Glenn Erick Miller
I wake up a few times every morning,
one foot in a dream where my brother returns
to our parents’ house.
He is clean, his hair cut short.
He wears a new sweater
and holds hands with a short, doughy Latin man.
He says his name.
He nods at him.
“This is why I’ve been away so long,” he tells us.
And with one foot dug into the orange carpet,
I hug him.
The other foot is pushed into the crease at the bottom of the bed
where the sheets are scratchy and tight.
It’s a holiday, my mouth is dry.
I remember the last time I woke up, a few hours ago,
to rub your back and your bare hip.
You were lost on the expanse of bed, a dark speck in an ocean of ice.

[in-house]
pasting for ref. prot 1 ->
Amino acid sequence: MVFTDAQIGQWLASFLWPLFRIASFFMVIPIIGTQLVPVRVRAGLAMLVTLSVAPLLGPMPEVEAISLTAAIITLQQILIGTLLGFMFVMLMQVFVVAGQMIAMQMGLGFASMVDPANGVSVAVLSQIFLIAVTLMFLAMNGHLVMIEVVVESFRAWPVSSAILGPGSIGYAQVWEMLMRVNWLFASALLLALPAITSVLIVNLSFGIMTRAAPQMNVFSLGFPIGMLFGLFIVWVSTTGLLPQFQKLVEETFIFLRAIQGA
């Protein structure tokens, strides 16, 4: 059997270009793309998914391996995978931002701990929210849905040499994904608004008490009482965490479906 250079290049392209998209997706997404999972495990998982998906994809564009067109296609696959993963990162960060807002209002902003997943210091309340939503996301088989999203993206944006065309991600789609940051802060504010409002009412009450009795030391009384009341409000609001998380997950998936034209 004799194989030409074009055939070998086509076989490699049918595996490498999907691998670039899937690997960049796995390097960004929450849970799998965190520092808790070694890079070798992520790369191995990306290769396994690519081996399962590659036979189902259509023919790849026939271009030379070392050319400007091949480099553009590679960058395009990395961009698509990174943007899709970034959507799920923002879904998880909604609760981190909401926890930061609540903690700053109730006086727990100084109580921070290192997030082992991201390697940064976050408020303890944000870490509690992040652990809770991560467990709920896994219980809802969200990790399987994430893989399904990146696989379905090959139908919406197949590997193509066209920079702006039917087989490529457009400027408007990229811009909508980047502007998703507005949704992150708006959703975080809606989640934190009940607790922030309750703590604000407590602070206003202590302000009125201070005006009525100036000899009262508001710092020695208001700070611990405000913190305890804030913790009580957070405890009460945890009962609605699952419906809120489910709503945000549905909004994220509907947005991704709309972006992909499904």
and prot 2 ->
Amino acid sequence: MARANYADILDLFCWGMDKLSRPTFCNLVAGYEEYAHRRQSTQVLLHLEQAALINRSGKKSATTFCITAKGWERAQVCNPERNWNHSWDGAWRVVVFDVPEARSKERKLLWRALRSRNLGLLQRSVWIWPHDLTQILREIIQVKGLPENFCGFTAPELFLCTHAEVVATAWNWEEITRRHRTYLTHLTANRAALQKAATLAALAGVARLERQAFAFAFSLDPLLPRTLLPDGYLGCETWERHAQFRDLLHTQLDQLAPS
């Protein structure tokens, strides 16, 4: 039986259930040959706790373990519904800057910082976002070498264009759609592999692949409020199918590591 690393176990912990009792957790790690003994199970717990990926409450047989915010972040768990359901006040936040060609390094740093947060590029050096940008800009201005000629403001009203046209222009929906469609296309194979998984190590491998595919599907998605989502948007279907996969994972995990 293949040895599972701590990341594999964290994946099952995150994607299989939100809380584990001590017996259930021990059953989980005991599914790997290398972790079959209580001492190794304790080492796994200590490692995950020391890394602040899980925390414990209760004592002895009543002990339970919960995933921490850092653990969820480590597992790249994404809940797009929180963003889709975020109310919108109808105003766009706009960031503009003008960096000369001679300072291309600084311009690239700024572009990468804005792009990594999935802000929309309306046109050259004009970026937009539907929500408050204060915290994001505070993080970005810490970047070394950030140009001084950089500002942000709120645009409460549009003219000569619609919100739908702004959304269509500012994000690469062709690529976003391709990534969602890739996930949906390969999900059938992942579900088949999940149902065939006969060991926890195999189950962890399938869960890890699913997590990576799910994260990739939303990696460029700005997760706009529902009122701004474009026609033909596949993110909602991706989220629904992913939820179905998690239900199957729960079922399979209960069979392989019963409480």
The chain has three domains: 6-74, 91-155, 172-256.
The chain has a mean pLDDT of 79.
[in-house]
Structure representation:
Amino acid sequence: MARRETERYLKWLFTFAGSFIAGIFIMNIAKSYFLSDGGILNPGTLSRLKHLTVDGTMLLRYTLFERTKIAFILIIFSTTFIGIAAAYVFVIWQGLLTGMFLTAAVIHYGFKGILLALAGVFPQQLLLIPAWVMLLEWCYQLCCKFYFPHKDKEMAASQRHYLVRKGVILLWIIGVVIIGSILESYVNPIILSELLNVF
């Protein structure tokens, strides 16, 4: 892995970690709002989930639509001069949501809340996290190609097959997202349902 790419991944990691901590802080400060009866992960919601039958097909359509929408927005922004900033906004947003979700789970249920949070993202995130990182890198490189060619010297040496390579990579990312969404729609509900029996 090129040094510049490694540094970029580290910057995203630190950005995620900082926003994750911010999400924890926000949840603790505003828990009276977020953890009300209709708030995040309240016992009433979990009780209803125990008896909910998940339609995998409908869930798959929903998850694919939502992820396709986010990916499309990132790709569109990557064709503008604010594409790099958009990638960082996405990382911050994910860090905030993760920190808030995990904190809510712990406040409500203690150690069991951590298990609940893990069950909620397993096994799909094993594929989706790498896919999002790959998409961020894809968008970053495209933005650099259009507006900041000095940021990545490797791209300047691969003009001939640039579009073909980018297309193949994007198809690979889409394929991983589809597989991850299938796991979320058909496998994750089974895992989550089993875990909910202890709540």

Now you are closer, and everything
is immediate -- breakfast, my brother’s last phone number, the frost on the windows.
I consider the promise of plunging temperatures and
bloated clouds. Heavy snow begins to compress on the power lines.
I never tumble out of my dreams completely, and the day is marked
with half-steps and freeze frames. They rise and fall, stitching
day over night, night over day.
Glenn Erick Miller lives in northern New York with his wife and two children. His writing has recently appeared in The Citron Review, Literary Juice, Burrow Press Review, and The Glass Coin. He is a past winner in the Adirondack Writing Center’s annual awards, and has worked as a youth counselor, a college professor, and a photographer.